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I have an interface Value and a class Record

public interface Value<T> {
    T getRawValue();
}

public class Record<Value<T>> {

    private Value<T> value;     

    T getRecordRawValue() {
        return value.getRawValue();
    }

}

Java will not compile this and complains about the Generics declaration > . Could someone enlighten me as to why this is invalid syntax?

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3 Answers 3

You need bound your generic type to indicate the requirement of it being a Value<T>, and you also need to preserve the type that value Value<T> is providing, therefore your Record class requires two generic types: T: The type of the values returned and U: the type that represents a Value<T>

public class Record<T, U extends Value<T>>

Here you have a full example of this:

public interface Value<T> {
    T getRawValue();
}

public class Record<T, U extends Value<T>> {

    public Record(U value) {
        this.value = value;
    }

    private U value;

    T getRecordRawValue() {
        return value.getRawValue();
    }

}

public class StringValue implements Value<String> {

    @Override
    public String getRawValue() {
        return "raw";
    }
}

public class StrongValue implements Value<String> {

    @Override
    public String getRawValue() {
        return "Rrrrraaawww";
    }
}

public class StringRecord extends Record<String, StringValue> {

    public StringRecord(StringValue valueProvider) {
        super(valueProvider);
    }

    public String report() {
        return super.getRecordRawValue();
    }
}
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-1 The recursive type parameter doesn't make sense here. It should either be Record<T> or Record<T extends Value<V>, V>. –  Paul Bellora Apr 25 '13 at 17:39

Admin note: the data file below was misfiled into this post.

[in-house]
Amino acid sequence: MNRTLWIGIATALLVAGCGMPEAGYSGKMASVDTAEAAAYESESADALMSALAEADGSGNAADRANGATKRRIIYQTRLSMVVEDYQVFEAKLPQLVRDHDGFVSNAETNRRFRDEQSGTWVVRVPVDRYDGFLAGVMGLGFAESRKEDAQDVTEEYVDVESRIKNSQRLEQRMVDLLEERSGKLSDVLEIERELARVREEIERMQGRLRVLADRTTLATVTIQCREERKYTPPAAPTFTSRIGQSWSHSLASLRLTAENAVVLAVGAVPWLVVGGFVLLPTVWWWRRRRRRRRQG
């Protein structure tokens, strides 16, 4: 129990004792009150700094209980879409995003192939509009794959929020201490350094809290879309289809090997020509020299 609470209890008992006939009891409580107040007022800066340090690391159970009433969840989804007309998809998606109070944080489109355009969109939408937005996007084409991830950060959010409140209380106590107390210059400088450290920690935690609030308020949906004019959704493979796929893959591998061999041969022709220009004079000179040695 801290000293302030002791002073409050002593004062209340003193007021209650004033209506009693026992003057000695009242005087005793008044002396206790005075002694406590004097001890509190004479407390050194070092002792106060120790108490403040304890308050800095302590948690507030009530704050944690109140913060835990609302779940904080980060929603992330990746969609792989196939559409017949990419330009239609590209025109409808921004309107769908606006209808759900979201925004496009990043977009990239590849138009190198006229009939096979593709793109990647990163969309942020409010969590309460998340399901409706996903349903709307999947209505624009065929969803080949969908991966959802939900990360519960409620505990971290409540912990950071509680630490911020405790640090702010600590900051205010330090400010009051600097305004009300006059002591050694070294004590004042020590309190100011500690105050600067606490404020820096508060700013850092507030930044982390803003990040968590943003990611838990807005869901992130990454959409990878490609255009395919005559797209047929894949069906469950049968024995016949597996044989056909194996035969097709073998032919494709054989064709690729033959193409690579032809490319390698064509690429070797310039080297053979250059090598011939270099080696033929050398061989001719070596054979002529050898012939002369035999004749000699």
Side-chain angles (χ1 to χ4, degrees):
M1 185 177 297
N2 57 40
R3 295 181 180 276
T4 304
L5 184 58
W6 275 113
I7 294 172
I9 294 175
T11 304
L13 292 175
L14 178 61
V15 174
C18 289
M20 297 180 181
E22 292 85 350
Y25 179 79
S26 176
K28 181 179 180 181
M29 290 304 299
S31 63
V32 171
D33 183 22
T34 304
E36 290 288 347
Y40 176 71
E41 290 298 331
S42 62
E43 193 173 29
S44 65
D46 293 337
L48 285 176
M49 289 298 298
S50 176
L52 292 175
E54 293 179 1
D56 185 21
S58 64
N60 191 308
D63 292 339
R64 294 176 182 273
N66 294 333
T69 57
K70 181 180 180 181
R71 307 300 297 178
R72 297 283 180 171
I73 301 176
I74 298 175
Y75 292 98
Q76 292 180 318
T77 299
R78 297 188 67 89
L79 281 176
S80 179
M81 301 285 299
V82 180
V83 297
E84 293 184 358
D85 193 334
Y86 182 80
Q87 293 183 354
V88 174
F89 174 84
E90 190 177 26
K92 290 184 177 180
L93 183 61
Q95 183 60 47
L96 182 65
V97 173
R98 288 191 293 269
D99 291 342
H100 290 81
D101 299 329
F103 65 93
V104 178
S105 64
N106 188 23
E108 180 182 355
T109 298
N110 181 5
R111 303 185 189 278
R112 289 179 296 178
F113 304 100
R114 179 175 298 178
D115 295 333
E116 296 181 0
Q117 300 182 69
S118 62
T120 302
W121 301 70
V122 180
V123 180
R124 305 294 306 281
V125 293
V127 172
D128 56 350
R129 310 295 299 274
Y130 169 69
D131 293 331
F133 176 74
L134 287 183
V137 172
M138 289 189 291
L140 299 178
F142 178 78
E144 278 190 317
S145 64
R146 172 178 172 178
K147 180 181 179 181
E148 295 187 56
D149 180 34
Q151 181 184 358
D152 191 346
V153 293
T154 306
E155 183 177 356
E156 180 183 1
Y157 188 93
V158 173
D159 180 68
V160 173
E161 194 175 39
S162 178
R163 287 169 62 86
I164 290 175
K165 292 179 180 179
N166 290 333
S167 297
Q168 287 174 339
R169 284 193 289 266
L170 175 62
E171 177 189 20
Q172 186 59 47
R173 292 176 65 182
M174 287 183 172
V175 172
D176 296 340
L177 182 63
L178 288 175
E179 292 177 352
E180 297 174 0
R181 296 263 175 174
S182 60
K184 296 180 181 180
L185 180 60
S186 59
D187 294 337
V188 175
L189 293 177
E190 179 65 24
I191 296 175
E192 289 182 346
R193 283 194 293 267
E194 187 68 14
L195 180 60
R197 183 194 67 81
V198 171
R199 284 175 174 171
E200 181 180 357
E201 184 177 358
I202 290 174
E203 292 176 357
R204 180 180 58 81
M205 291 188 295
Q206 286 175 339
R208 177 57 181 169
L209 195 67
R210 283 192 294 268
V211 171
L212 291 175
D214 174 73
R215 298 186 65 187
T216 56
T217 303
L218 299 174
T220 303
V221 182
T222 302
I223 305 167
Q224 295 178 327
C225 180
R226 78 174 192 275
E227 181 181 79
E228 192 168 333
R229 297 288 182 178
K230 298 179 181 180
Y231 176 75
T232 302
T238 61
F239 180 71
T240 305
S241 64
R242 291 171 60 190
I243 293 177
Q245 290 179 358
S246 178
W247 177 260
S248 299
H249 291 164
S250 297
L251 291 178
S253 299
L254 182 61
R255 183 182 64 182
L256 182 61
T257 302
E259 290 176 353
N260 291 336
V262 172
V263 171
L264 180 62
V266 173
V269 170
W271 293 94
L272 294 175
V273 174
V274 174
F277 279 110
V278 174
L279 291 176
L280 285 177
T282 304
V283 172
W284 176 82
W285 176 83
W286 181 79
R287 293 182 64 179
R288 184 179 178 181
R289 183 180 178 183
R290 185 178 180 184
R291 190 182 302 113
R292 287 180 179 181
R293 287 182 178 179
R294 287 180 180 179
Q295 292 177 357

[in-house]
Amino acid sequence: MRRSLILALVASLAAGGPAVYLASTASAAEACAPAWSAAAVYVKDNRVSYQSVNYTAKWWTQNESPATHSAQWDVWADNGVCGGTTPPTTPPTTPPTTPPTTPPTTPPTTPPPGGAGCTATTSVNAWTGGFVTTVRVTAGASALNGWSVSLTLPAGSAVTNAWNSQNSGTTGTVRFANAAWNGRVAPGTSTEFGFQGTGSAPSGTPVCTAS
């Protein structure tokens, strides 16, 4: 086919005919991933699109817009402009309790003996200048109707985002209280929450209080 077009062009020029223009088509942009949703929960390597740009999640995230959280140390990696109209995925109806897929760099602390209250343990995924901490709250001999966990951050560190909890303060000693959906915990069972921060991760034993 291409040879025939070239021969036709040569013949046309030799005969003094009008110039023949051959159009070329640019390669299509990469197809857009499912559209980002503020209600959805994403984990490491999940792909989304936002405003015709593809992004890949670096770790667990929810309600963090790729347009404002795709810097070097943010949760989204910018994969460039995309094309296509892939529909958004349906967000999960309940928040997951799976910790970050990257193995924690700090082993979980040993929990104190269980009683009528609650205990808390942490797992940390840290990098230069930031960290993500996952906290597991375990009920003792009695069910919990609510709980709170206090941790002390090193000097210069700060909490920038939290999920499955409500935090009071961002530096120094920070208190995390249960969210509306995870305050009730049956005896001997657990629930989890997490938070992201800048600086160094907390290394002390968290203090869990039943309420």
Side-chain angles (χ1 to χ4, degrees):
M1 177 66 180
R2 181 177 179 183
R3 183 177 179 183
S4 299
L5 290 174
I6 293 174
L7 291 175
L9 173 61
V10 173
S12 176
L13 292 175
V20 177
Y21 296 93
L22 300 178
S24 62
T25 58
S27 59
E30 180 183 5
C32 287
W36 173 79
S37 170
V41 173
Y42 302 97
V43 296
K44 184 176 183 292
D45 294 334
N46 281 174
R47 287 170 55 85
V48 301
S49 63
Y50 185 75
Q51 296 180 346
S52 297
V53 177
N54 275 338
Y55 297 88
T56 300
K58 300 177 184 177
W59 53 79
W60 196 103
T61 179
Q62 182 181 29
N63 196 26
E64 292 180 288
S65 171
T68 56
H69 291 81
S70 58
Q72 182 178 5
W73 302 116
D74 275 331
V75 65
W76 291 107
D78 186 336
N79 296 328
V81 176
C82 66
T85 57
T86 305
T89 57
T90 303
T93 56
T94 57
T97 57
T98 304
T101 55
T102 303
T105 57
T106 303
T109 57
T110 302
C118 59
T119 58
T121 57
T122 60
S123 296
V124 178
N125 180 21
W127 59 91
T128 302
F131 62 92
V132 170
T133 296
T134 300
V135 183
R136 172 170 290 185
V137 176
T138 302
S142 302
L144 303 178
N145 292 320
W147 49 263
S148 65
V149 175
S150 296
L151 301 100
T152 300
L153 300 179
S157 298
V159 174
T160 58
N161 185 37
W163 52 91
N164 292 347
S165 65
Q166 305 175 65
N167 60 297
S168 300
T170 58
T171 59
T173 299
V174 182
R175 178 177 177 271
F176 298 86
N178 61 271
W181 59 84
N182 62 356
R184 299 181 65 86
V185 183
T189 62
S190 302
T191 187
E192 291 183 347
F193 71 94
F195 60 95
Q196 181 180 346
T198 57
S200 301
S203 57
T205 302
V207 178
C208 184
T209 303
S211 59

@PaulBellora you are right. This will make the type of the 'getRecordValue' of Value<T> and not <T> what is the goal of the question. I've updated the answer to reflect this. –  maasg Apr 26 '13 at 15:37
    
Looks pretty good - I think you have T and U backwards in Record though. –  Paul Bellora Apr 26 '13 at 16:01
    
@PaulBellora oops :-) I changed that to match the explanatory text and forgot to do it everywhere :-) –  maasg Apr 26 '13 at 16:09
    
Looks good. +1! –  Paul Bellora Apr 26 '13 at 16:31

The code public class Record<Value<T>> attempts to declare a generic type parameter for the class called Value<T>, but when declaring a generic type parameter, it should be a simple identifier such as T.

Try

public class Record<T>
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Thanks for the response. What I am trying to do is be able to use record like new Record<Value<Long>>() –  user2320678 Apr 25 '13 at 16:36
    
So, you can do new Record<Long>(). Does the client have to know that inside you are using Value<T> ? –  Fildor Apr 25 '13 at 16:45

Your Record class is wrongly declared. It should be

public class Record<T> {
    //contents...
}
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